We all regret, Lord Stanley, you were recalled to England  before you  even saw a Stanley Cup playoff game. But you did encourage your fellow Brits to take up the game. Why, on your return, you even captained a team of Stanleys in a game played on thin ice against members of the Royal Family behind Buckingham Palace. And whipped all those Dukes and other Lords handily.

But poor chap. You  never got to applaud your favourites—the Ottawas—as they triumphed time and time again.  You can’t possibly know it, sir, but you have the distinction of being the only man inducted into the Hockey Hall of Fame who never witnessed a Stanley playoff game. Never saw a single Cup  goal scored.

As Canada’s Governor General from 1888 to 1893—that means you were the Queen’s representative to the Dominion, right?—you and your wife even donned skates from time to time to join your friends and family on a well-maintained sheet of natural ice next to your mansion—Government House in Ottawa. Those must have been fun times, playing shinny with members of your family. Two of your sons, Arthur and Algernon, became so skilled they played with a touring hockey team—the Rebels.

Sir, I found a photo in the National Archives of your daughter, lady Isobel, playing hockey with her friend Lulu Lemoine (what a lovely name) and other ladies on that sheet of ice. Lady Isobel played the game wearing a long white gown. Surely it’s the earliest photo ever taken of a female player.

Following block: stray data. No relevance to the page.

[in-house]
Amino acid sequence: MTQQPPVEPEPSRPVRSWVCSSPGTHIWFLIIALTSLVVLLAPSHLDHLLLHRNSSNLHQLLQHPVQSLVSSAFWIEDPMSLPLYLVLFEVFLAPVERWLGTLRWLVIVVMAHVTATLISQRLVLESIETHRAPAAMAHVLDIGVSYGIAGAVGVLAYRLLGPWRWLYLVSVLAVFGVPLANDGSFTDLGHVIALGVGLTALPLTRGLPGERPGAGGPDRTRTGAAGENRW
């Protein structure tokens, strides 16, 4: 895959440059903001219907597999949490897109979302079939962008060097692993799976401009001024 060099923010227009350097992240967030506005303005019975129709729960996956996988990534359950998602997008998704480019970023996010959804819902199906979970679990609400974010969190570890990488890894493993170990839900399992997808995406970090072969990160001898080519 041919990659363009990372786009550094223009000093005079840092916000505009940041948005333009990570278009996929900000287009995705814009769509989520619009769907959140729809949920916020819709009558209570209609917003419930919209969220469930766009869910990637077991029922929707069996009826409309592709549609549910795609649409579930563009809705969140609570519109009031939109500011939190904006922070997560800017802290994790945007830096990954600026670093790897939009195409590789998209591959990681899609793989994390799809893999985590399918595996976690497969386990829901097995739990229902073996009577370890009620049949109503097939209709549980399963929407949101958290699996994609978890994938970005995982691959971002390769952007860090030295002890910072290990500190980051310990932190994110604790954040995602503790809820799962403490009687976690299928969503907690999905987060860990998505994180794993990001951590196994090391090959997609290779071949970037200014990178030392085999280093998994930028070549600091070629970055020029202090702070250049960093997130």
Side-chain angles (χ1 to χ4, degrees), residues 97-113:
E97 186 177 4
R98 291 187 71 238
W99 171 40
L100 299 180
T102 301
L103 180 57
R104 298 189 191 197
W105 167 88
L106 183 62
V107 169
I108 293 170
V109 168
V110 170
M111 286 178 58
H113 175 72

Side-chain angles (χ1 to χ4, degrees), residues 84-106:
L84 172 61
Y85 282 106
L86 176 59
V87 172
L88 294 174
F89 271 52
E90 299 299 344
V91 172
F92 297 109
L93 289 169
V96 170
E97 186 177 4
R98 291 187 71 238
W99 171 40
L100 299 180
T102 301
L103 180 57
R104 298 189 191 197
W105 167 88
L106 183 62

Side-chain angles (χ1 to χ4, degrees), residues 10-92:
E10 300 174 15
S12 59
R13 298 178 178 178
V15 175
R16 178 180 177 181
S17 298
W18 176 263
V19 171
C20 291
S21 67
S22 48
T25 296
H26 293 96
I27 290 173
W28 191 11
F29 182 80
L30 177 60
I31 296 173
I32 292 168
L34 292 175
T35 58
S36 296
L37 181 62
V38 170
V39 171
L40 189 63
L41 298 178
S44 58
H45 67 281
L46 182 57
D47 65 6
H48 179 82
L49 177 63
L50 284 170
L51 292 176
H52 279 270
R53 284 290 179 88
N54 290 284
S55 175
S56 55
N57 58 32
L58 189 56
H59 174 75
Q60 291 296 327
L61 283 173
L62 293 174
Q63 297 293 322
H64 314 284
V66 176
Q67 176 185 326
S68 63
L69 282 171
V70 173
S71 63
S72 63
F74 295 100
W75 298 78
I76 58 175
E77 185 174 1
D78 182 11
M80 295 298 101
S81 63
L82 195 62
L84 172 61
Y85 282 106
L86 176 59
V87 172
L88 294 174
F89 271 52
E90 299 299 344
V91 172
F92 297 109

Lord Stanley, you may or may not be pleased to know that the moneyed moguls of a 30-city league in North America—the National Hockey Leaguenow have full control of your gift to “amateur hockey in Canada”. But rest assured your trophy has a safe home, where countless fans come to gaze at it—awestruck. They stare in wide-eyed wonder at it, then move on to marvel at its descendant, the “new” Stanley Cup, with more than 2,200 names engraved on its gleaming,  elongated surface. You would be proud to know, sir, that your gift to the game is revered throughout the world.

Yes, Lord Stanley, your little bowl, now old and brittle, sits safely in the Hockey Hall of Fame in Toronto. Back in the sixties, a Montreal silversmith made an exact replica of your handsome gift. The replica sits atop a huge base on which the names of all the champion players are engraved. It looks really smashing, sir. You would be amazed.  Your name was engraved on it  in 1945 as Stanley of Preston, Lord, There are two other Stanleys on the Cup—Allan Stanley and Barney Stanley. I don’t imagine they are related to you.